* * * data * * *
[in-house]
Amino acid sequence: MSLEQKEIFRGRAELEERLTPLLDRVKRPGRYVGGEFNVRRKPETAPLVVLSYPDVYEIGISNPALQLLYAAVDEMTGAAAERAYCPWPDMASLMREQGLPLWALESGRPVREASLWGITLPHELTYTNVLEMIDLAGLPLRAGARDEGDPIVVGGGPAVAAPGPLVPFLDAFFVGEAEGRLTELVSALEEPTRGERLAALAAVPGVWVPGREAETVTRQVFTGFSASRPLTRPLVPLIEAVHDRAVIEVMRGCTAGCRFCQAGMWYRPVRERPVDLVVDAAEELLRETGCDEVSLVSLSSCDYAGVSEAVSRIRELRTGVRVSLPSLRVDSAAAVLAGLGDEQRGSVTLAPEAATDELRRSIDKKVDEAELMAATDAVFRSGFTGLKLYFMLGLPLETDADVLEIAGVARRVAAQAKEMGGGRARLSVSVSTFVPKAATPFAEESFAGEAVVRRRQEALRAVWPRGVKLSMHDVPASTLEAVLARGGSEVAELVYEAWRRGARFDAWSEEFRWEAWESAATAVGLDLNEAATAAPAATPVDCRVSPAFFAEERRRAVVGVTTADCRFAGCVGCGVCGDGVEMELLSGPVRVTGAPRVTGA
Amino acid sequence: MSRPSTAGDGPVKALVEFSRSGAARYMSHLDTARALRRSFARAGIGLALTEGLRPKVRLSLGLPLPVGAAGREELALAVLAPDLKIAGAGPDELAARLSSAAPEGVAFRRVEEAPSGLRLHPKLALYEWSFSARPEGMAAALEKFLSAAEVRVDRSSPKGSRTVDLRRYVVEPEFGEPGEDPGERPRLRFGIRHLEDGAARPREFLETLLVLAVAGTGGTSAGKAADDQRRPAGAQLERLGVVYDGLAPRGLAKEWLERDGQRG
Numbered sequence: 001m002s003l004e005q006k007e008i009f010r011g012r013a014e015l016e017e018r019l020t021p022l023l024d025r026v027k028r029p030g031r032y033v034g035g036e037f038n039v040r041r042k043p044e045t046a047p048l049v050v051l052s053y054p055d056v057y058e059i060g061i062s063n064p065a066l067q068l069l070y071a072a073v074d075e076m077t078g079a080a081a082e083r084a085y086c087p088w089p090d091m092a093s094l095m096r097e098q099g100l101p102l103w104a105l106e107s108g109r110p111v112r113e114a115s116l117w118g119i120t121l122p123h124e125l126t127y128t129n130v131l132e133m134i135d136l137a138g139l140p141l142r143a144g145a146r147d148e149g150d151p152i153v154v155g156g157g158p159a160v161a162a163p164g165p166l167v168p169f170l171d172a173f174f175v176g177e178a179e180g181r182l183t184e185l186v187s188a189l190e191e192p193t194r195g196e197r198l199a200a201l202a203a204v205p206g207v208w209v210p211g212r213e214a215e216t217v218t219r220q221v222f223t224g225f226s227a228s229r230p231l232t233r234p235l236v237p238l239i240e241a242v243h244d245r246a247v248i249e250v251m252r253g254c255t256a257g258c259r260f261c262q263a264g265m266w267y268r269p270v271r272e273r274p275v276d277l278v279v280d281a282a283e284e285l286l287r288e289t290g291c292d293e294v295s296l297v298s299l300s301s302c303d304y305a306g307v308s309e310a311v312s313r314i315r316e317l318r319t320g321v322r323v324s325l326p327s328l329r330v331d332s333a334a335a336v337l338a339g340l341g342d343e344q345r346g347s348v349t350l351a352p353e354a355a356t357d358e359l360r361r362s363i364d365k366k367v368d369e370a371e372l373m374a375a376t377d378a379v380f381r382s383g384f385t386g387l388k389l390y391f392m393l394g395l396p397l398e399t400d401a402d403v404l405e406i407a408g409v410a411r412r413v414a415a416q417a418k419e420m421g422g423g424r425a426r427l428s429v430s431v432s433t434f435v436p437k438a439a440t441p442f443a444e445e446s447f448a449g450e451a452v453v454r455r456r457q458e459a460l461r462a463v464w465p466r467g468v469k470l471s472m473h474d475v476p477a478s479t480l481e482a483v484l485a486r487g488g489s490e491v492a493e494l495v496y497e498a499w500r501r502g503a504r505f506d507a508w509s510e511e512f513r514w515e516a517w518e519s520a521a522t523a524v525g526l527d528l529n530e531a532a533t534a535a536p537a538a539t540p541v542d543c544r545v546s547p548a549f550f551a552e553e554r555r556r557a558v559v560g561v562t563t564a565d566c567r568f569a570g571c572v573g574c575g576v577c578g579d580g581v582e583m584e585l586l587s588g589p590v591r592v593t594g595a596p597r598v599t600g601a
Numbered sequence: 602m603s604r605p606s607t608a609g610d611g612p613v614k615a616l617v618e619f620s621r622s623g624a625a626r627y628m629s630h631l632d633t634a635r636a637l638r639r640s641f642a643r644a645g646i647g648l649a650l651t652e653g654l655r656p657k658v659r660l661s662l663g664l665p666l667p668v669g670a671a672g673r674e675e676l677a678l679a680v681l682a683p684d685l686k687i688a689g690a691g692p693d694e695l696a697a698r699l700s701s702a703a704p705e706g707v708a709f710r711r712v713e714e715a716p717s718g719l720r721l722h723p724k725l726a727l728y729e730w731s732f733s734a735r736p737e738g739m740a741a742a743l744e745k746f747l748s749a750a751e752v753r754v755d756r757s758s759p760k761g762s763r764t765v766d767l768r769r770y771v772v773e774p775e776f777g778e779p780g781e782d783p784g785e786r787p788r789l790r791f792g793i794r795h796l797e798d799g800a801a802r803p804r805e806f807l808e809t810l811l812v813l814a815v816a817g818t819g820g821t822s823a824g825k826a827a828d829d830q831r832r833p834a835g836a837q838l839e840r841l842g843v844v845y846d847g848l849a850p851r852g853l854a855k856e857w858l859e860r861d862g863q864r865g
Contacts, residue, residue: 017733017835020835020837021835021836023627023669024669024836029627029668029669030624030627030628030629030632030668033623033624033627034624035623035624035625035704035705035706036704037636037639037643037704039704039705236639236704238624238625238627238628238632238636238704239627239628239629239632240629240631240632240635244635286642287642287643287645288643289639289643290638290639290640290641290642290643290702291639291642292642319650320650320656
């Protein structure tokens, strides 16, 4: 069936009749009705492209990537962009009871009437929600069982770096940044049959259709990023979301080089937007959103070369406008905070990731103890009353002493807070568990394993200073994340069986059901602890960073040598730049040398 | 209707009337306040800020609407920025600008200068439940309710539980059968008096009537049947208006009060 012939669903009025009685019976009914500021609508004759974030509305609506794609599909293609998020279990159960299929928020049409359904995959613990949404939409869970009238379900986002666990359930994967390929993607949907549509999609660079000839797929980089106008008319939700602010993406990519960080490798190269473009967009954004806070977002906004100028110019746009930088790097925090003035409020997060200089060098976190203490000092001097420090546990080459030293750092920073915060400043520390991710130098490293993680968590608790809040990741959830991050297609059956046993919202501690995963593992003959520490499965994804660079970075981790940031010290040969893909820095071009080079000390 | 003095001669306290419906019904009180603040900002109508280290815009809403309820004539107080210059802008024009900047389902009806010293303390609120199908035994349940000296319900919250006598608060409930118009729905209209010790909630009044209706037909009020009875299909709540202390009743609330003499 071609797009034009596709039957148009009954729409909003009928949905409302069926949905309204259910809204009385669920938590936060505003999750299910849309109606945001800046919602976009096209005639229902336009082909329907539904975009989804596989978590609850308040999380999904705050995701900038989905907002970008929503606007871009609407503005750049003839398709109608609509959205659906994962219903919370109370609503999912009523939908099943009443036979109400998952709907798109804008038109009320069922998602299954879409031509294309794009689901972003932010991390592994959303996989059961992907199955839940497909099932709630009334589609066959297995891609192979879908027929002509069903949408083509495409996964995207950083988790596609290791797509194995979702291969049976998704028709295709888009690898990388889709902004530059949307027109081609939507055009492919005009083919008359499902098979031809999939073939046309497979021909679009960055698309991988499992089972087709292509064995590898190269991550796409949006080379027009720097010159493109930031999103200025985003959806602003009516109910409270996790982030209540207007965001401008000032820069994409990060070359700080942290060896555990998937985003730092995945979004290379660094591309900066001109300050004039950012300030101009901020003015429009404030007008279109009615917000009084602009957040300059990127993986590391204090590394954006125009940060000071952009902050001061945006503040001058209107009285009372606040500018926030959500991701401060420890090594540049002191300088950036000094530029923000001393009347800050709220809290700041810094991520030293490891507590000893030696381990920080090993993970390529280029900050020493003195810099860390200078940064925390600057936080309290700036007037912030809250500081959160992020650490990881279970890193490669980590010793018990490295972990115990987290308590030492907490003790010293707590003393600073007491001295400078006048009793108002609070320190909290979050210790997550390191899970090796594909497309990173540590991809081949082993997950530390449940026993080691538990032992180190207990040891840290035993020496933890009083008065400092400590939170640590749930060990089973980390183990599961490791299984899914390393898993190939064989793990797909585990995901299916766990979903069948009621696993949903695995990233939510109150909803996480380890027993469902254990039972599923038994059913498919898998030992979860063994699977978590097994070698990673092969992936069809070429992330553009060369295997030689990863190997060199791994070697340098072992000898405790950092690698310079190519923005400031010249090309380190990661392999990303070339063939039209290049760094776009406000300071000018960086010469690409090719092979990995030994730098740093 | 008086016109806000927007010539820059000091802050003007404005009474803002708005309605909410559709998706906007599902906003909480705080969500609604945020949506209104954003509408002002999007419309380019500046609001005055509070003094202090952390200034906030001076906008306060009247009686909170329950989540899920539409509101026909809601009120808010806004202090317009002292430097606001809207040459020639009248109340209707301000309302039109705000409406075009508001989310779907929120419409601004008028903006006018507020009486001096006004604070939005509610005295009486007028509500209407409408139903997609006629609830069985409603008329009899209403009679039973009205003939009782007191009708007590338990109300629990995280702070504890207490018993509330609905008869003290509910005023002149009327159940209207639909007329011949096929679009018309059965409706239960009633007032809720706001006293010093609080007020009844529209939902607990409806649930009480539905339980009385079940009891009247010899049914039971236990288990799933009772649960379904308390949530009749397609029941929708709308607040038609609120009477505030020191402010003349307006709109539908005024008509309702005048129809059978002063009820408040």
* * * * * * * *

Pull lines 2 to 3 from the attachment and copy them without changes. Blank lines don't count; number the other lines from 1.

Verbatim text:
Amino acid sequence: MSLEQKEIFRGRAELEERLTPLLDRVKRPGRYVGGEFNVRRKPETAPLVVLSYPDVYEIGISNPALQLLYAAVDEMTGAAAERAYCPWPDMASLMREQGLPLWALESGRPVREASLWGITLPHELTYTNVLEMIDLAGLPLRAGARDEGDPIVVGGGPAVAAPGPLVPFLDAFFVGEAEGRLTELVSALEEPTRGERLAALAAVPGVWVPGREAETVTRQVFTGFSASRPLTRPLVPLIEAVHDRAVIEVMRGCTAGCRFCQAGMWYRPVRERPVDLVVDAAEELLRETGCDEVSLVSLSSCDYAGVSEAVSRIRELRTGVRVSLPSLRVDSAAAVLAGLGDEQRGSVTLAPEAATDELRRSIDKKVDEAELMAATDAVFRSGFTGLKLYFMLGLPLETDADVLEIAGVARRVAAQAKEMGGGRARLSVSVSTFVPKAATPFAEESFAGEAVVRRRQEALRAVWPRGVKLSMHDVPASTLEAVLARGGSEVAELVYEAWRRGARFDAWSEEFRWEAWESAATAVGLDLNEAATAAPAATPVDCRVSPAFFAEERRRAVVGVTTADCRFAGCVGCGVCGDGVEMELLSGPVRVTGAPRVTGA
Amino acid sequence: MSRPSTAGDGPVKALVEFSRSGAARYMSHLDTARALRRSFARAGIGLALTEGLRPKVRLSLGLPLPVGAAGREELALAVLAPDLKIAGAGPDELAARLSSAAPEGVAFRRVEEAPSGLRLHPKLALYEWSFSARPEGMAAALEKFLSAAEVRVDRSSPKGSRTVDLRRYVVEPEFGEPGEDPGERPRLRFGIRHLEDGAARPREFLETLLVLAVAGTGGTSAGKAADDQRRPAGAQLERLGVVYDGLAPRGLAKEWLERDGQRG